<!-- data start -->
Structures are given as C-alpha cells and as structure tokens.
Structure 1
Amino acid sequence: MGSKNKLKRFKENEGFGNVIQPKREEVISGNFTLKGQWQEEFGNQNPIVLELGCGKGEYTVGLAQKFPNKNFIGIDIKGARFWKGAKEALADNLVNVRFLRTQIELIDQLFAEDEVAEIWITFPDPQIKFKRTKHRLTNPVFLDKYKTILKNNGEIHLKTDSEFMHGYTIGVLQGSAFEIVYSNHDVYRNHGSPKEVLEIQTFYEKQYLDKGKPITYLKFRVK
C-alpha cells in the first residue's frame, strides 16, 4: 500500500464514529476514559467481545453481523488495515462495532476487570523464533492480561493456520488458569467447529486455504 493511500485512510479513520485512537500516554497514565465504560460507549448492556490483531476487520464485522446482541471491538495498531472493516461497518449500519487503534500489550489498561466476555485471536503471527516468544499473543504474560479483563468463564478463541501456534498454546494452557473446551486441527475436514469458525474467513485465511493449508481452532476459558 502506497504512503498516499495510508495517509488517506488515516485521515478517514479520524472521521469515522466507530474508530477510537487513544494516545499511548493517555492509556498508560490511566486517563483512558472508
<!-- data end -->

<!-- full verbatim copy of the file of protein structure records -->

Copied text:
Structures are given as C-alpha cells and as structure tokens.
Structure 1
Amino acid sequence: MGSKNKLKRFKENEGFGNVIQPKREEVISGNFTLKGQWQEEFGNQNPIVLELGCGKGEYTVGLAQKFPNKNFIGIDIKGARFWKGAKEALADNLVNVRFLRTQIELIDQLFAEDEVAEIWITFPDPQIKFKRTKHRLTNPVFLDKYKTILKNNGEIHLKTDSEFMHGYTIGVLQGSAFEIVYSNHDVYRNHGSPKEVLEIQTFYEKQYLDKGKPITYLKFRVK
C-alpha cells in the first residue's frame, strides 16, 4: 500500500464514529476514559467481545453481523488495515462495532476487570523464533492480561493456520488458569467447529486455504 493511500485512510479513520485512537500516554497514565465504560460507549448492556490483531476487520464485522446482541471491538495498531472493516461497518449500519487503534500489550489498561466476555485471536503471527516468544499473543504474560479483563468463564478463541501456534498454546494452557473446551486441527475436514469458525474467513485465511493449508481452532476459558 502506497504512503498516499495510508495517509488517506488515516485521515478517514479520524472521521469515522466507530474508530477510537487513544494516545499511548493517555492509556498508560490511566486517563483512558472508